• Arrange for someone to drive you home after the procedure.

What to expect during Blepharoplasty

Blepharoplasty is usually performed as an outpatient procedure. This means that you will be able to return home shortly after the surgery. Only individual cases may require general anesthesia. Typically, the plastic surgeon will inject a local anesthetic into the eyelids.

The upper eyelids are the first to be treated during the procedure. The surgeon will make a small incision through which they will remove excess skin, fat, and muscle from the area. Before closing the incision, some of the tissues may be repositioned around the eye. In addition to skin tightening, muscle tightening is performed with a laser during the surgery to prevent it from relaxing again. This intervention is known as correction of upper eyelid ptosis. This ensures a permanent, long-lasting lifting effect on the drooping upper eyelids. However, many clinics and surgeons do not include it in upper blepharoplasty and require separate payment for it.

Lower eyelid blepharoplasty is the next step. It often involves the removal of excess fat contributing to the bags under the eyes, including a small piece of skin. The incision can be made from the inside or outside of the eyelid, below the lower lashes. Also, the lower eyelid can be tightened or attached to the bony skeleton for some individuals.

Types of anesthesia used during Blepharoplasty:

Depending on the nature of the treatment, your plastic surgeon will perform blepharoplasty under general anesthesia or regional anesthesia.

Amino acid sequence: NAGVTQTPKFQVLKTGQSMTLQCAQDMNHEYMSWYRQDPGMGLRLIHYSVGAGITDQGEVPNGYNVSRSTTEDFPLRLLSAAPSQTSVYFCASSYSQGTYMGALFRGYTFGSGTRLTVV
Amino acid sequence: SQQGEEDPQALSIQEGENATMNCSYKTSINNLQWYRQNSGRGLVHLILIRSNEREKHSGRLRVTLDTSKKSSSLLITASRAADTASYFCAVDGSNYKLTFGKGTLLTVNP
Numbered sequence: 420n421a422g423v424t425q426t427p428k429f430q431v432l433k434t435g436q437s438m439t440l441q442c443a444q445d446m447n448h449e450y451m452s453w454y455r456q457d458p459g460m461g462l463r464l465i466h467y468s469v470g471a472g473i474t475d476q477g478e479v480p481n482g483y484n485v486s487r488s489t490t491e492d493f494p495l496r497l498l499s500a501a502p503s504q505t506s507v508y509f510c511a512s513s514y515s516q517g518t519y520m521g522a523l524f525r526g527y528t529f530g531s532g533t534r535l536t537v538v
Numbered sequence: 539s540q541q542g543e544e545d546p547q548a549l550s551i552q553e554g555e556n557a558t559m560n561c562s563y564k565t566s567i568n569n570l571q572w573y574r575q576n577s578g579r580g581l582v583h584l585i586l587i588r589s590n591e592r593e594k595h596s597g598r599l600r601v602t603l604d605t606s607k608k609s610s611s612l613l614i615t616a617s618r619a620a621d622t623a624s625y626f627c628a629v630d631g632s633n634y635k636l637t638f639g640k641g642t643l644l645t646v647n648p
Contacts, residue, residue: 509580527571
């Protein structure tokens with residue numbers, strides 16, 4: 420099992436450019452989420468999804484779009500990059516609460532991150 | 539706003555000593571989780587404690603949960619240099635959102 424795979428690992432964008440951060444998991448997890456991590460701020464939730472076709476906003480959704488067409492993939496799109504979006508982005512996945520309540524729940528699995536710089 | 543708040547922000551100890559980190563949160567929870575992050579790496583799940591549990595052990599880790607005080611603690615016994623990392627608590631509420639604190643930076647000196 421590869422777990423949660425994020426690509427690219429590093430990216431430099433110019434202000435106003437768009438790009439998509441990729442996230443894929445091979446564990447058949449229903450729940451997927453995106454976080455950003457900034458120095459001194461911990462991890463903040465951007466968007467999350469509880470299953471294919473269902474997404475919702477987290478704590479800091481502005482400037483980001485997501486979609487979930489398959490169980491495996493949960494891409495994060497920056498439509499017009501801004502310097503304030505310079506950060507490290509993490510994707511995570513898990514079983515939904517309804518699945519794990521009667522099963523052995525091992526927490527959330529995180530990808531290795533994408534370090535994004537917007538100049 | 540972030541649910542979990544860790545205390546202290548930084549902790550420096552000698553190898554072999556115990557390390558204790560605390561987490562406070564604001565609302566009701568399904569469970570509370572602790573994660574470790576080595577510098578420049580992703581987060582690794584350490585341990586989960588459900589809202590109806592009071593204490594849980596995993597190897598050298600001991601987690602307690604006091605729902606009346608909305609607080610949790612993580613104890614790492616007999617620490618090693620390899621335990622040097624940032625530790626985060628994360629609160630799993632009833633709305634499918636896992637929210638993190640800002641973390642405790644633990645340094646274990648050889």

• General anesthesia: This is a combination of intravenous (IV) medications and some gases to put the patient into a deep sleep. This means you will be completely unaware of the treatment and will not experience any discomfort.

• Regional anesthesia: Nerve block is another name for regional anesthesia. To numb a wide area of the body, anesthetic is injected around the nerves. The surgeon will inject the anesthetic into the skin and tissues around the area of the procedure to numb a smaller area (local anesthesia). To make you calm and more comfortable during the procedure, you will likely receive sedation along with the regional anesthetic.

Recovery from Blepharoplasty

Compared to other forms of surgical procedures, recovery from blepharoplasty is relatively quick. You will be sent to a recovery room immediately after the treatment. Here, the medical team will monitor you for side effects and send you home the same day, unless there are any complications.

It is crucial to rest for a few days after eyelid surgery. Swelling and discomfort are possible side effects. The doctor may prescribe ibuprofen to help alleviate these symptoms. In most cases, these symptoms may take one or two weeks to completely disappear. Therefore, the doctor will recommend using ice packs over the next few days.

After eyelid surgery, wearing contact lenses is restricted for two weeks or even longer. Therefore, make sure you have a backup option in place, such as prescription glasses. Short-term side effects of blepharoplasty include blurred vision and sensitivity to light. If these symptoms persist for more than one or two days, contact your doctor.